so+ba & Leka
Collaboration with Swiss design company so+ba.
Designing stamps & ship installation.
Project for the Yokohama Bayside Marina & Mitsui outlet park.
For the days of celebration when Japan was open to the world at the end of period "Sakoku".
Sakoku (鎖国, "closed country" but commonly translated as "period of national isolation") was the isolationist foreign policy of the Japanese Tokugawa shogunate under which relations and trade between Japan and other countries were severely limited, nearly all foreigners were barred from entering Japan and the common Japanese people were kept from leaving the country. The policy was enacted by the Tokugawa shogunate under Tokugawa Iemitsu through a number of edicts and policies from 1633 to 1639, and ended after 1853 when the American Black Ships commanded by Matthew Perry forced the opening of Japan to American (and, by extension, Western) trade through a series of unequal treaties. European and American vessels which arrived in Japan between the XV and XIX centuries were given a Japanese name "Kurofune" (黒 船 Black ships ). In the narrow sense, this name was used in relation to the following ships of the US Navy:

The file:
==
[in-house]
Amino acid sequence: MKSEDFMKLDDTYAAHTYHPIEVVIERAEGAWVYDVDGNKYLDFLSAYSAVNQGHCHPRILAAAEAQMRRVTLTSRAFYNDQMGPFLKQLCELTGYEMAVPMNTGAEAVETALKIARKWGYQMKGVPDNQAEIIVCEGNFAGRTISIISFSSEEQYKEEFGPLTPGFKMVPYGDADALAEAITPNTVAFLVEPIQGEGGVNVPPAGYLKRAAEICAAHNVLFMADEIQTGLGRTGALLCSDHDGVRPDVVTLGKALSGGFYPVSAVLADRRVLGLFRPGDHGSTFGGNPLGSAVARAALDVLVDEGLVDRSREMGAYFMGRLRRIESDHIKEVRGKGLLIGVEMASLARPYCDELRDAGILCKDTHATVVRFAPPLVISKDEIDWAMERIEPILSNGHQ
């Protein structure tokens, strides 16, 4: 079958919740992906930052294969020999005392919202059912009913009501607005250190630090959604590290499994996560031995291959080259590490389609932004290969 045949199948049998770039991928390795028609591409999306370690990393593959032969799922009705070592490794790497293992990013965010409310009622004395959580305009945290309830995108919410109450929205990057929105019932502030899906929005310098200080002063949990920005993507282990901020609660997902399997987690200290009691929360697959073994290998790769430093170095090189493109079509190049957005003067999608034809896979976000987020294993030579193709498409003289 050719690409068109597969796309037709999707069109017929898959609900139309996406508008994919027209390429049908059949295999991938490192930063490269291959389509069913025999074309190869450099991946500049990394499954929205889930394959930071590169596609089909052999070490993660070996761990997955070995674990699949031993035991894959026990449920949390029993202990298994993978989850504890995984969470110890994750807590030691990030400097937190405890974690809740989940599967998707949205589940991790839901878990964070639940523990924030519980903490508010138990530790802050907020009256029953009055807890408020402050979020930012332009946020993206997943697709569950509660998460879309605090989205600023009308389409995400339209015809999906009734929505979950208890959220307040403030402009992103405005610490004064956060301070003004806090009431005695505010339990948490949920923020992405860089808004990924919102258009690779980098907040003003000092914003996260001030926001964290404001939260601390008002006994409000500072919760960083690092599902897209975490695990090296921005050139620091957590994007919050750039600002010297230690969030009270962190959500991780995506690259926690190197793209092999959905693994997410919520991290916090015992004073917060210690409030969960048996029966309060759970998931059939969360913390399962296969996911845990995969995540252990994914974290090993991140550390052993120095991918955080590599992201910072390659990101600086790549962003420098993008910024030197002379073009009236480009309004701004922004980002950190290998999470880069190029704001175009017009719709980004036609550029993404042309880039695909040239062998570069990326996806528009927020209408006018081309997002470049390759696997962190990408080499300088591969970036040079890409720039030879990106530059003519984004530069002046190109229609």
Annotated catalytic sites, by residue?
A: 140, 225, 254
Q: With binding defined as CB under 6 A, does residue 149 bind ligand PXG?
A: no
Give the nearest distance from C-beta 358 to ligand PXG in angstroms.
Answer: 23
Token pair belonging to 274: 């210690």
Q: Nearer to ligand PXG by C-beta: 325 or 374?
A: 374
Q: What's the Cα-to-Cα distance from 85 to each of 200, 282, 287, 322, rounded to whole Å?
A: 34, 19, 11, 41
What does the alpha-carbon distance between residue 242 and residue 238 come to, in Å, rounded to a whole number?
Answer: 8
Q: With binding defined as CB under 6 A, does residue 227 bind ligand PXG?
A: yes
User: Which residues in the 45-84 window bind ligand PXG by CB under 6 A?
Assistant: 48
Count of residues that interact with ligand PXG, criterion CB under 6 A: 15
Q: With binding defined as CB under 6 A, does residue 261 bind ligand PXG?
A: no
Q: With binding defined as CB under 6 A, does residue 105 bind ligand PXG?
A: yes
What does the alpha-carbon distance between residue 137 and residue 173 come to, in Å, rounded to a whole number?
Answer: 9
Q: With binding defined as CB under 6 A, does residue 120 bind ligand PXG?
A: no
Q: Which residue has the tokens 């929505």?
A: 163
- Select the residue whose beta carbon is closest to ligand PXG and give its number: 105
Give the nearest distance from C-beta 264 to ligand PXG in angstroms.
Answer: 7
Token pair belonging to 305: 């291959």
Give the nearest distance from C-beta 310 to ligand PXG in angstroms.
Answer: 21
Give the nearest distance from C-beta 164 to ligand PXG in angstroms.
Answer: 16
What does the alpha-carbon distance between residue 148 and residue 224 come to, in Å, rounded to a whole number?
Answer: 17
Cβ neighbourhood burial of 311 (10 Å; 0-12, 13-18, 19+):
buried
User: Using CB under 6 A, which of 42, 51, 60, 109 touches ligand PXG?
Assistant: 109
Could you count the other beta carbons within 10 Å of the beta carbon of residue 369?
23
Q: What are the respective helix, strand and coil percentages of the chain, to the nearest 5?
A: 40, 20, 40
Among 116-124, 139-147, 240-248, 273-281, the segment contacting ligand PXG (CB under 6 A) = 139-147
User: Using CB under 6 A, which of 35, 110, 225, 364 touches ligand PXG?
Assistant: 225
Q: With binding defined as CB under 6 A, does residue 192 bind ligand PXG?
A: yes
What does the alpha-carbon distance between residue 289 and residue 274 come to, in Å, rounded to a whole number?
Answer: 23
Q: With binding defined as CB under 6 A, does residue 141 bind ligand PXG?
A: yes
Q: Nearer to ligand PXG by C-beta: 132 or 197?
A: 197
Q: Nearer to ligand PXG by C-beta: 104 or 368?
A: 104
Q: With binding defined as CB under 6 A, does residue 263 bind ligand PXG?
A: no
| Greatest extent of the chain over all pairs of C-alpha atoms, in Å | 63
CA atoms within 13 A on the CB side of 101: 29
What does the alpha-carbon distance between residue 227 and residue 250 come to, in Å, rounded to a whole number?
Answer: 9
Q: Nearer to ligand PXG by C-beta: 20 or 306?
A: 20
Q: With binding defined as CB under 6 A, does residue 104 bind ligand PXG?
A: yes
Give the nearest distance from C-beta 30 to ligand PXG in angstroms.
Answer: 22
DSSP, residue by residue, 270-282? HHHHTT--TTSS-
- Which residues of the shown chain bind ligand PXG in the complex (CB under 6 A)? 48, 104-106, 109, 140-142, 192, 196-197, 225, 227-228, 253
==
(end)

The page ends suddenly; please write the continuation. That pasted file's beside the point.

The stamps can be put on postcards, bags, T-shirts, tenugui 手拭い (Japanese towel) and so on, up to one’s imagination .
A Tenugui (手拭い) is a thin Japanese hand towel made of cotton.
It is typically about 35 by 90 centimeters in size, plain woven and is almost always dyed with some pattern. It can be used for anything a towel could be used for – as a washcloth, dishcloth, but often as a headband, souvenir, decoration, or for wrapping items such as bottles.
Every pirate needs a ship, so the second part of the project was to create a ship in the public seafront of Yokohama Bayside Marina, using disposal materials from the nearby Mitsui outlet park, mainly paper boxes.
stamp design from so+ba
stamp design from Leka
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